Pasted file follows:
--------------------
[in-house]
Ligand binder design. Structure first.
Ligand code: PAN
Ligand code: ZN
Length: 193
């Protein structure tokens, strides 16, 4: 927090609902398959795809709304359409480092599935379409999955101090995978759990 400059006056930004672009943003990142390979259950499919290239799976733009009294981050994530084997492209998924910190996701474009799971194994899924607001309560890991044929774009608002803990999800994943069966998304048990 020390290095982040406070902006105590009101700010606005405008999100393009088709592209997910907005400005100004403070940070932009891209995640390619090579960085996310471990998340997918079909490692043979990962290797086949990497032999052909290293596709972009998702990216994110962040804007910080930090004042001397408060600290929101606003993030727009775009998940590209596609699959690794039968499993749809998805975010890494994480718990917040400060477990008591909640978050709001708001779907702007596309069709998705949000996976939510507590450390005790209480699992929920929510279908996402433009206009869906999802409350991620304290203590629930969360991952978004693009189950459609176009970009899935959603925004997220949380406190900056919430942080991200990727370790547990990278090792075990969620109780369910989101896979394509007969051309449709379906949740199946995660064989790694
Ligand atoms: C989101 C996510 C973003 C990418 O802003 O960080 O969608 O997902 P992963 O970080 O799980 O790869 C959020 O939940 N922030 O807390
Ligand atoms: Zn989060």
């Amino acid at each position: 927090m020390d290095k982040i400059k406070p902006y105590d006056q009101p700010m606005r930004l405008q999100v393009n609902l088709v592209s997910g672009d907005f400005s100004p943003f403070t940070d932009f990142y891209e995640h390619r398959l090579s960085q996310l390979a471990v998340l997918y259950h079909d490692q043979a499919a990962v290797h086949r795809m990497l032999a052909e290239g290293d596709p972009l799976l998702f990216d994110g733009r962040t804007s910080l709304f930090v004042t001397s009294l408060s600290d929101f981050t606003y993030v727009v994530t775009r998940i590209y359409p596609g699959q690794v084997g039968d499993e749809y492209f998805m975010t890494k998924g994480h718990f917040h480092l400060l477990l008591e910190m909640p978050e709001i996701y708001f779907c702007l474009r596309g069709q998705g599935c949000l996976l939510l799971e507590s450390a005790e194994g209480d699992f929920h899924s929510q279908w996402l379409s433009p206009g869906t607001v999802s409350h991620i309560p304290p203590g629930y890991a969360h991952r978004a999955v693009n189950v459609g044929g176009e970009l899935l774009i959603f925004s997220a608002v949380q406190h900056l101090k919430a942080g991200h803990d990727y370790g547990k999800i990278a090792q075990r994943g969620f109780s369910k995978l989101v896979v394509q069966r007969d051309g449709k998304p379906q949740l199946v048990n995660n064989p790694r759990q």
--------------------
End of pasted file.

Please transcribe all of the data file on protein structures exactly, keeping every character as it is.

[in-house]
Ligand binder design. Structure first.
Ligand code: PAN
Ligand code: ZN
Length: 193
């Protein structure tokens, strides 16, 4: 927090609902398959795809709304359409480092599935379409999955101090995978759990 400059006056930004672009943003990142390979259950499919290239799976733009009294981050994530084997492209998924910190996701474009799971194994899924607001309560890991044929774009608002803990999800994943069966998304048990 020390290095982040406070902006105590009101700010606005405008999100393009088709592209997910907005400005100004403070940070932009891209995640390619090579960085996310471990998340997918079909490692043979990962290797086949990497032999052909290293596709972009998702990216994110962040804007910080930090004042001397408060600290929101606003993030727009775009998940590209596609699959690794039968499993749809998805975010890494994480718990917040400060477990008591909640978050709001708001779907702007596309069709998705949000996976939510507590450390005790209480699992929920929510279908996402433009206009869906999802409350991620304290203590629930969360991952978004693009189950459609176009970009899935959603925004997220949380406190900056919430942080991200990727370790547990990278090792075990969620109780369910989101896979394509007969051309449709379906949740199946995660064989790694
Ligand atoms: C989101 C996510 C973003 C990418 O802003 O960080 O969608 O997902 P992963 O970080 O799980 O790869 C959020 O939940 N922030 O807390
Ligand atoms: Zn989060």
């Amino acid at each position: 927090m020390d290095k982040i400059k406070p902006y105590d006056q009101p700010m606005r930004l405008q999100v393009n609902l088709v592209s997910g672009d907005f400005s100004p943003f403070t940070d932009f990142y891209e995640h390619r398959l090579s960085q996310l390979a471990v998340l997918y259950h079909d490692q043979a499919a990962v290797h086949r795809m990497l032999a052909e290239g290293d596709p972009l799976l998702f990216d994110g733009r962040t804007s910080l709304f930090v004042t001397s009294l408060s600290d929101f981050t606003y993030v727009v994530t775009r998940i590209y359409p596609g699959q690794v084997g039968d499993e749809y492209f998805m975010t890494k998924g994480h718990f917040h480092l400060l477990l008591e910190m909640p978050e709001i996701y708001f779907c702007l474009r596309g069709q998705g599935c949000l996976l939510l799971e507590s450390a005790e194994g209480d699992f929920h899924s929510q279908w996402l379409s433009p206009g869906t607001v999802s409350h991620i309560p304290p203590g629930y890991a969360h991952r978004a999955v693009n189950v459609g044929g176009e970009l899935l774009i959603f925004s997220a608002v949380q406190h900056l101090k919430a942080g991200h803990d990727y370790g547990k999800i990278a090792q075990r994943g969620f109780s369910k995978l989101v896979v394509q069966r007969d051309g449709k998304p379906q949740l199946v048990n995660n064989p790694r759990q």